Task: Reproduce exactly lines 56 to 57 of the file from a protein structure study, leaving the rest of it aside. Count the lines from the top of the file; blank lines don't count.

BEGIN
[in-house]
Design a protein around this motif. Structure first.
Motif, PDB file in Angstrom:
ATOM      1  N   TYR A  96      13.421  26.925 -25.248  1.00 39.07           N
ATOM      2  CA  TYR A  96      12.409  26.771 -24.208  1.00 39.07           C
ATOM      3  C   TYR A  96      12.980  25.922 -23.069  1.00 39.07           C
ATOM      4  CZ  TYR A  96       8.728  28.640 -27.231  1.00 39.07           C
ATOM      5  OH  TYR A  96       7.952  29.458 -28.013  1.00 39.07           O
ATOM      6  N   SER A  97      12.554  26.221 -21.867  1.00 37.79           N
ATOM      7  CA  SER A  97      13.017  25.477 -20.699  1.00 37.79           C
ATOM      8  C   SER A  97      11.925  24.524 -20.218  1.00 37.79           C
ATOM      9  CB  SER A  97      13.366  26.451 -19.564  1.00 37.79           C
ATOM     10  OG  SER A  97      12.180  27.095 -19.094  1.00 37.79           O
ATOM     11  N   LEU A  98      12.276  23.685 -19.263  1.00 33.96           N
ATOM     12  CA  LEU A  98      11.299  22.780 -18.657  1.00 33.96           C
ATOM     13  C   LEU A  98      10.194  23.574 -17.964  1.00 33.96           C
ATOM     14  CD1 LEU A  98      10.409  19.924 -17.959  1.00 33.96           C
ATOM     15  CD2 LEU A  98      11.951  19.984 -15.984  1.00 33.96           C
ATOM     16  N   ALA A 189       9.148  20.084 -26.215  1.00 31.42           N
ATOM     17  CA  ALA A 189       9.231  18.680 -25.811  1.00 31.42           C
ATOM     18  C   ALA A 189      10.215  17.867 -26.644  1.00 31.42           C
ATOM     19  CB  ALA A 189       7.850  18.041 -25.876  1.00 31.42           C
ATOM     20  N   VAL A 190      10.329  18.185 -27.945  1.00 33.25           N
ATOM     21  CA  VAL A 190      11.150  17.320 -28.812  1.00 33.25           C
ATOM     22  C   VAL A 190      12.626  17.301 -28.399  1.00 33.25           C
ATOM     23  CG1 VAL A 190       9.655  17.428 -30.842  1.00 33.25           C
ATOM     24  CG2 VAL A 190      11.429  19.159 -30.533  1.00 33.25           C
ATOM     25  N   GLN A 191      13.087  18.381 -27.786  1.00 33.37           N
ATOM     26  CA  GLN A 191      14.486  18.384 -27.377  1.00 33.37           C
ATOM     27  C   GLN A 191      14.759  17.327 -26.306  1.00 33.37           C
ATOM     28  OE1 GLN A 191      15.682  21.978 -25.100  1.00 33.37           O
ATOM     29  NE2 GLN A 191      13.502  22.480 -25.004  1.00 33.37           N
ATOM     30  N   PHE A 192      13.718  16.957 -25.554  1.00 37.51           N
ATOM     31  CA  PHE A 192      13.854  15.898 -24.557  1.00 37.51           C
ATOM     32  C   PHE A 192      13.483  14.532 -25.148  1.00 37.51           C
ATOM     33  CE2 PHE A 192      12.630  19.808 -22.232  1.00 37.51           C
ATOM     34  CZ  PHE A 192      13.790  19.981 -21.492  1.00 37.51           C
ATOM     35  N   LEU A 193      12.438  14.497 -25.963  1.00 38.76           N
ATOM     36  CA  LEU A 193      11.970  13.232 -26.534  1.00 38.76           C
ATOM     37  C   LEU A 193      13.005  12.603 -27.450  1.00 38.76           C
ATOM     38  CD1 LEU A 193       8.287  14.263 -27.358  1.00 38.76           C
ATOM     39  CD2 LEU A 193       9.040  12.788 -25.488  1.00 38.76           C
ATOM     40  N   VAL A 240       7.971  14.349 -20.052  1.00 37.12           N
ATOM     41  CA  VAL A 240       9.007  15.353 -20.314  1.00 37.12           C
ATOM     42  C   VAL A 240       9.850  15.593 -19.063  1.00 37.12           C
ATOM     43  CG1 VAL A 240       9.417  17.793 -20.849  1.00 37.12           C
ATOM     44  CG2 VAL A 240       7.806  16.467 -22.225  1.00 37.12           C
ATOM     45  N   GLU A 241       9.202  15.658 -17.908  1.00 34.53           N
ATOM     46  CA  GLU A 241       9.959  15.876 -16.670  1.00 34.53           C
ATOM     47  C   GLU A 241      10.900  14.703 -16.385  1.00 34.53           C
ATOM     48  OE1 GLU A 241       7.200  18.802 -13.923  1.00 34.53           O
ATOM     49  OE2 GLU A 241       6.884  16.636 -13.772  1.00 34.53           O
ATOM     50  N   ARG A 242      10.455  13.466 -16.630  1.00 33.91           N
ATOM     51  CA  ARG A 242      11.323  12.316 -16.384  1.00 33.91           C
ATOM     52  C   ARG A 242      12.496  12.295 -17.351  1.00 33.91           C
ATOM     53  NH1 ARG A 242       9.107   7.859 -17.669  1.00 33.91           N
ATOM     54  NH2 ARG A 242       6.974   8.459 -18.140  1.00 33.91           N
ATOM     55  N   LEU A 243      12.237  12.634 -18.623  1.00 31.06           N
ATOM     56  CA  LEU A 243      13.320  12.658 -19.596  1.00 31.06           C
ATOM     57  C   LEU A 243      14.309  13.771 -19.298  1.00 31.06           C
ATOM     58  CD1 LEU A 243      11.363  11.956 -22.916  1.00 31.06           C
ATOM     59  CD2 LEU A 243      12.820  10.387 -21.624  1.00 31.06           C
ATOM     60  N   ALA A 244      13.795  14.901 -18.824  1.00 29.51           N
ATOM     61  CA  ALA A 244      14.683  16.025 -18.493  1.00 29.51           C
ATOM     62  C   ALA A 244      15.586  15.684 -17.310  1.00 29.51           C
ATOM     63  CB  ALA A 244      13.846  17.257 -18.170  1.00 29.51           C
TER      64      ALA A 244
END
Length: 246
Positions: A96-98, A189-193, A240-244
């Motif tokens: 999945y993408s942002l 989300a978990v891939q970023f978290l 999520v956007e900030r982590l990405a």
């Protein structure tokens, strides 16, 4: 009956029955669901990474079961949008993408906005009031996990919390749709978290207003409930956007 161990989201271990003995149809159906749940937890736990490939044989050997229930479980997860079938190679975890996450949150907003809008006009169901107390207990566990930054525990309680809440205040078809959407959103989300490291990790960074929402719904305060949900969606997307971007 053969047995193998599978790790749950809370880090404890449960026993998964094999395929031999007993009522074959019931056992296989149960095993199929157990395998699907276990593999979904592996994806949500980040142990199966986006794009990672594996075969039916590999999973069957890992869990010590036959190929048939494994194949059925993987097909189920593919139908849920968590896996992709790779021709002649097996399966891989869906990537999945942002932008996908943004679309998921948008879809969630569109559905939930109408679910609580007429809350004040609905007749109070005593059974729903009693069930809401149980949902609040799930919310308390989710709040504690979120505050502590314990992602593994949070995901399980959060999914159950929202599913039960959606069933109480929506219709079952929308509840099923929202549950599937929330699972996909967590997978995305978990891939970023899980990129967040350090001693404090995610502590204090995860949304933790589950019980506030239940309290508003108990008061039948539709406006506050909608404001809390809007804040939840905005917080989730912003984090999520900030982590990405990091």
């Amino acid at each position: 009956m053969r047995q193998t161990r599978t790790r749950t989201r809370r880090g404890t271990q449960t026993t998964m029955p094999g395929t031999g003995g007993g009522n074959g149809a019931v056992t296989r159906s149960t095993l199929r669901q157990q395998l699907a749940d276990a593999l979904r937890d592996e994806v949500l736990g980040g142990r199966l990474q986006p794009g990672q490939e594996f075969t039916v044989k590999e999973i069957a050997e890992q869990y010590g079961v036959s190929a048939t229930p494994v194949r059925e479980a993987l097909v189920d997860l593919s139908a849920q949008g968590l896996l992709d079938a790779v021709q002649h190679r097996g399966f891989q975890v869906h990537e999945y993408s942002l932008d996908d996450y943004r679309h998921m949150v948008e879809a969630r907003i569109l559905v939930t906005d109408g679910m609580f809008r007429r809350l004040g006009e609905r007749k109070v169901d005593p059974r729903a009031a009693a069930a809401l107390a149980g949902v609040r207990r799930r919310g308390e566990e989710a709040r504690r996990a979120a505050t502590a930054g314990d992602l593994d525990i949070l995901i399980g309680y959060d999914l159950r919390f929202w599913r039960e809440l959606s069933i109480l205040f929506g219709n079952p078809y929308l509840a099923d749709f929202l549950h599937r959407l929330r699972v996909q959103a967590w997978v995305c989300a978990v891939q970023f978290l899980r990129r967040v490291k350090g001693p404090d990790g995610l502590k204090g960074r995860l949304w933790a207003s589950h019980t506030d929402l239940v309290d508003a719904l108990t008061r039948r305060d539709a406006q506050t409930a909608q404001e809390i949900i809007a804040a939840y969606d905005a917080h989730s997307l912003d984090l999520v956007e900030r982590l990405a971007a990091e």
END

ATOM     53  NH1 ARG A 242       9.107   7.859 -17.669  1.00 33.91           N
ATOM     54  NH2 ARG A 242       6.974   8.459 -18.140  1.00 33.91           N